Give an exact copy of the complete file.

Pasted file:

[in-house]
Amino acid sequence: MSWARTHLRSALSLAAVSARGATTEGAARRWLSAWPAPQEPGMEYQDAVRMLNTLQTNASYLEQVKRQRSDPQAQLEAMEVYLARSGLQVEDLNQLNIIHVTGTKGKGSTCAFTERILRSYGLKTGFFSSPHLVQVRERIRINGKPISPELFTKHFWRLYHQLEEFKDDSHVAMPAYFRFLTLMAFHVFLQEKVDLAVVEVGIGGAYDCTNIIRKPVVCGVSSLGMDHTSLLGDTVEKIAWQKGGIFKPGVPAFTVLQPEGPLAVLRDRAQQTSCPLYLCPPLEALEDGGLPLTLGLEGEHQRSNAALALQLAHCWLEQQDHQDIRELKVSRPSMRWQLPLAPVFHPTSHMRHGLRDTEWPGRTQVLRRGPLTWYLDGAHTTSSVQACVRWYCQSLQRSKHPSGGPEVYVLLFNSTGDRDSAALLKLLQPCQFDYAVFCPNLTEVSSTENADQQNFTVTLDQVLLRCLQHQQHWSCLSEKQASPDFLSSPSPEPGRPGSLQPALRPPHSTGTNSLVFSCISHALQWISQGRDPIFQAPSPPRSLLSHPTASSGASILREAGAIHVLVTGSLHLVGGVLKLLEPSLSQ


[in-house]
Amino acid sequence: MSWARTHLRSALSLAAVSARGATTEGAARRWLSAWPAPQEPGMEYQDAVRMLNTLQTNASYLEQVKRQRSDPQAQLEAMEVYLARSGLQVEDLNQLNIIHVTGTKGKGSTCAFTERILRSYGLKTGFFSSPHLVQVRERIRINGKPISPELFTKHFWRLYHQLEEFKDDSHVAMPAYFRFLTLMAFHVFLQEKVDLAVVEVGIGGAYDCTNIIRKPVVCGVSSLGMDHTSLLGDTVEKIAWQKGGIFKPGVPAFTVLQPEGPLAVLRDRAQQTSCPLYLCPPLEALEDGGLPLTLGLEGEHQRSNAALALQLAHCWLEQQDHQDIRELKVSRPSMRWQLPLAPVFHPTSHMRHGLRDTEWPGRTQVLRRGPLTWYLDGAHTTSSVQACVRWYCQSLQRSKHPSGGPEVYVLLFNSTGDRDSAALLKLLQPCQFDYAVFCPNLTEVSSTENADQQNFTVTLDQVLLRCLQHQQHWSCLSEKQASPDFLSSPSPEPGRPGSLQPALRPPHSTGTNSLVFSCISHALQWISQGRDPIFQAPSPPRSLLSHPTASSGASILREAGAIHVLVTGSLHLVGGVLKLLEPSLSQ